6 DECEMBER 2014
Even before opening night on Thursday, Like Me. I Like provided Singapore with some pretty gripping drama. First came the news that MP and social media celebrity Baey Yam Keng would be playing the lead – a wonderfully ironic choice, given that the character was a selfie-obsessed loner.
Then, on Monday, Baey announced on Facebook that he had been hospitalised for dengue fever – an event that could have jeopardised the entire production. To his great credit, he mustered the strength to return to the stage just in time for the show.
Yet after all that excitement, the experience of actually watching this play is anticlimactic. It is not, after all, an ambitious work. Instead, director-playwright Lim Hai Yen has crafted it as a feel-good Mandarin comedy about love in the age of cellphone addiction.
The story takes place in a zany advertising firm. Copywriter Wenyao (Baey) shuns human interaction, preferring the comfort of his cellphone apps. He is, however, smitten with his colleague Zifen (Foong Wai See), though he can only express his feelings to her through text messages.
Meanwhile, their co-worker Jerry (Kyris Ang) struggles with how his very animated friend Ben (Chung Kun Wah) makes long-winded calls to him every night. The PA (Jenny Chua) makes her pet hamster an official employee and wages a war on excessive cellphone use.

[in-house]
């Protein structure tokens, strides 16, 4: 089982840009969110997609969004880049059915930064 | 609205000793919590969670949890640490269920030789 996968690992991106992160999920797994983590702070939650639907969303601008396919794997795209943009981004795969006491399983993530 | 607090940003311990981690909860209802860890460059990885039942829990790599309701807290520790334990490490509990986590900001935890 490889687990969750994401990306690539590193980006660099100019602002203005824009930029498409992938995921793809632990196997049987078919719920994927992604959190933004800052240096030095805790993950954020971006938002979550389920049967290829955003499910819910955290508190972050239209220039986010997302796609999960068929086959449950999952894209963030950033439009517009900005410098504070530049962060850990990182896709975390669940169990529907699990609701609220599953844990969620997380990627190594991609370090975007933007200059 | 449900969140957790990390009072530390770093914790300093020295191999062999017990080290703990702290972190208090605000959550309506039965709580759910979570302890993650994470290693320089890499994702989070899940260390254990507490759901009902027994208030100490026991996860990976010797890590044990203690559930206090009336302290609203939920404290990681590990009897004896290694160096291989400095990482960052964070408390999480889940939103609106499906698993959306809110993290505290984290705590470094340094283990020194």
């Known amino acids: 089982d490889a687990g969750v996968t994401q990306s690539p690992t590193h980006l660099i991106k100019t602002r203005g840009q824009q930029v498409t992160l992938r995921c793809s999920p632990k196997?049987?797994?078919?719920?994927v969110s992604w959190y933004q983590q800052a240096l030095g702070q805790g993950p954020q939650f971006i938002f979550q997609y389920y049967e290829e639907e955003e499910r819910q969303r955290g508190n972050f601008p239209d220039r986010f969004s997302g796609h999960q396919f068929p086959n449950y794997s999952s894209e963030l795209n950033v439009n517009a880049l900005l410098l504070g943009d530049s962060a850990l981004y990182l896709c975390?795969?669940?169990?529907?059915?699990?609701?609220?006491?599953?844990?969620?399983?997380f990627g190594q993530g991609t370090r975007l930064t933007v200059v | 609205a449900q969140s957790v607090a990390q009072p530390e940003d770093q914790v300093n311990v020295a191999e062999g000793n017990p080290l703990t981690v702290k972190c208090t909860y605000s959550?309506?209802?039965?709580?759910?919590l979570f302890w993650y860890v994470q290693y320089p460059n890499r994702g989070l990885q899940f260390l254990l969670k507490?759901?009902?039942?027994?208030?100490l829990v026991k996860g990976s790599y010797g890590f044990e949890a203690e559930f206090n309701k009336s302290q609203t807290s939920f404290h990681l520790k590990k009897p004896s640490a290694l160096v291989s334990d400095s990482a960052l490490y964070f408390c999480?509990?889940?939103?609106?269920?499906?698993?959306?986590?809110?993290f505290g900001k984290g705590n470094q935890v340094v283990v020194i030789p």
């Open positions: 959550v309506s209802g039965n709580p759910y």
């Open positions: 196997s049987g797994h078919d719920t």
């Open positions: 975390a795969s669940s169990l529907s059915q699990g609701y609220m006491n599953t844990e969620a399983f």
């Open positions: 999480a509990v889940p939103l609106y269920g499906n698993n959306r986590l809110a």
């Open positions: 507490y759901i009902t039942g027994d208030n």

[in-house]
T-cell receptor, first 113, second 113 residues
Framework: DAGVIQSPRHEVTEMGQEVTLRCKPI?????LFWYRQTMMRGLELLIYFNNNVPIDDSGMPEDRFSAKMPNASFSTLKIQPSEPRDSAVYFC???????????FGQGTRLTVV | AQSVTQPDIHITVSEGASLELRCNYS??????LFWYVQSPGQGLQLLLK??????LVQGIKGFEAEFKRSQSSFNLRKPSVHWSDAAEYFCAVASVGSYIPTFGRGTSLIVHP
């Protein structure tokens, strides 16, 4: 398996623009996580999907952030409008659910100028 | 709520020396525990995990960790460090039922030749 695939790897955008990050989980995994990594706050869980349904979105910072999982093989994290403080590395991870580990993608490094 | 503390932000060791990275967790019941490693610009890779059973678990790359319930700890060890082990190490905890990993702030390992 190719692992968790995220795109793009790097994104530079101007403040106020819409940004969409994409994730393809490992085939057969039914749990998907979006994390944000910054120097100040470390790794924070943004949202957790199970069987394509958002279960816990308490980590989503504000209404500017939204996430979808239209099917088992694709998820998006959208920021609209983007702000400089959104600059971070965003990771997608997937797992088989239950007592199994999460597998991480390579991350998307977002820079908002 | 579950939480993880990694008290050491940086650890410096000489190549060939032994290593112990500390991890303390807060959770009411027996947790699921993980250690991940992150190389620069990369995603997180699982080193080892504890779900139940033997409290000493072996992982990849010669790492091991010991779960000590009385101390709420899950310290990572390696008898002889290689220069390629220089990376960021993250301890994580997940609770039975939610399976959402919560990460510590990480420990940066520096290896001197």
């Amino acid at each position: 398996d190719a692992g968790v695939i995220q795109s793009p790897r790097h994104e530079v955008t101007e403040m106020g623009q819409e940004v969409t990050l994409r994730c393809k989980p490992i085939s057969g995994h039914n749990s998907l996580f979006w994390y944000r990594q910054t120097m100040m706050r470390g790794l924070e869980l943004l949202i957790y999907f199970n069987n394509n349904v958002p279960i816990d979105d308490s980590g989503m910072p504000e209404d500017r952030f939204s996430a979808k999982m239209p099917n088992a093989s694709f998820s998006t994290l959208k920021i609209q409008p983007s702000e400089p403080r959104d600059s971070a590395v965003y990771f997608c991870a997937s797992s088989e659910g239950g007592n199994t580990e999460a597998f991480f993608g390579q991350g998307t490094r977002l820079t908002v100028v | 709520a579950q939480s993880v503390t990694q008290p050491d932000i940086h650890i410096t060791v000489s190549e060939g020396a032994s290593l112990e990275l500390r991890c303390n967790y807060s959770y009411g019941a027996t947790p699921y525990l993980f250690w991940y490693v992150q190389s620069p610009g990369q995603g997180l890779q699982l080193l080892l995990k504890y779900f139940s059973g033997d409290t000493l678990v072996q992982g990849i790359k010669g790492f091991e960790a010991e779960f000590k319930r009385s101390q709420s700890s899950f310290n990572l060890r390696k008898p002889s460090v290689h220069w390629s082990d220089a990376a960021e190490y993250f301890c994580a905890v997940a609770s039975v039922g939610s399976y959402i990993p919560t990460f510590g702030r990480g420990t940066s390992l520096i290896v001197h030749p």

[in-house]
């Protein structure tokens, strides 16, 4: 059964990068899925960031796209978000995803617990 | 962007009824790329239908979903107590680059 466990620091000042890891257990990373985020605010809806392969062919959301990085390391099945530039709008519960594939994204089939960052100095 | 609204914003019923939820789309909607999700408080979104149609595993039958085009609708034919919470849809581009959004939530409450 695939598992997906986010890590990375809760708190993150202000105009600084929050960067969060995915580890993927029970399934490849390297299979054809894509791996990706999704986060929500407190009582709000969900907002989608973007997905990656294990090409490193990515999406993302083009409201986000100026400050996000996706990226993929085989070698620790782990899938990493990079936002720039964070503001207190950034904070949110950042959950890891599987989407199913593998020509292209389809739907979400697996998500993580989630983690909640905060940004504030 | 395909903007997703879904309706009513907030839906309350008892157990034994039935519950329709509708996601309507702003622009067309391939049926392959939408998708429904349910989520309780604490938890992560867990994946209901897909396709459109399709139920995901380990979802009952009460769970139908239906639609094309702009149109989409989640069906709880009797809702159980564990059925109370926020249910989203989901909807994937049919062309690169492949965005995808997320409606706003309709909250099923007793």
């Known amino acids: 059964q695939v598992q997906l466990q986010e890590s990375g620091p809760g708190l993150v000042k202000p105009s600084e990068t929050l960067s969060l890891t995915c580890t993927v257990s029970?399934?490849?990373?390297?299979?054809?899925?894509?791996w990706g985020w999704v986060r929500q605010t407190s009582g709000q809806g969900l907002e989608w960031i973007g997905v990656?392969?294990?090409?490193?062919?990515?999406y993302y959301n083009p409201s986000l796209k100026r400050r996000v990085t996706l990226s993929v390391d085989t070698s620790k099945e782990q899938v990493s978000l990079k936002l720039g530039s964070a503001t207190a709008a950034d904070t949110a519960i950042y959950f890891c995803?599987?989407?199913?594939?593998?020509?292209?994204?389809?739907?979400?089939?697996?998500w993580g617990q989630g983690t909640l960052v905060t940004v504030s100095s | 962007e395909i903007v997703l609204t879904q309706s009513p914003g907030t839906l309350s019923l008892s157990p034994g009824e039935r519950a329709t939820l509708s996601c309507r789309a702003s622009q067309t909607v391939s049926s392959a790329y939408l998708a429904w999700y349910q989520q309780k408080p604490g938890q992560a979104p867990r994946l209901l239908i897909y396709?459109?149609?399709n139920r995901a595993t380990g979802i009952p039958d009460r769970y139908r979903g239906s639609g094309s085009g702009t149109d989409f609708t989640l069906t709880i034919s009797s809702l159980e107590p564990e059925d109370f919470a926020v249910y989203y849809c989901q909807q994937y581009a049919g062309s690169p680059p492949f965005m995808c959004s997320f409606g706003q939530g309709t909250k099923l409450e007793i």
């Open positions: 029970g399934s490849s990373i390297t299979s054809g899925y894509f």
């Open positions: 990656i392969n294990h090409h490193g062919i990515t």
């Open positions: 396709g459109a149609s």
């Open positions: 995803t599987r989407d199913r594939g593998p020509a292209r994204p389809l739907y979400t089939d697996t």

This multitude of subplots provides some entertaining moments. But, it also results in a slow, unfocussed play. Characters remain so two-dimensional that it is difficult to root for them – especially Wenyao, who is infuriatingly passive in his relationship.
Lim’s sense of humour is similarly misguided at times. Her play opens with a series of clichéd acronym jokes about local institutions – NMP stands for “No More Phones”; NSP means “No Selfies, Please” – yet does not use them for any political commentary whatsoever. She also has her characters scold a public address system for repeating a fire warning in Malay as well as English and Mandarin – a case of borderline racism.
Perhaps one should praise the stylish minimalism of the set and wardrobe designs, and the beautiful songs performed live by Aaron Matthew Lim. This reviewer, however, finds that such gorgeous touches make the script’s flaws all the more obvious.
Lim has created charming, adventurous productions in the past, such as Game Play and TKK. Undoubtedly, she will do so again. This piece, however, will not be counted among her triumphs. It takes more than star quality to make a play succeed.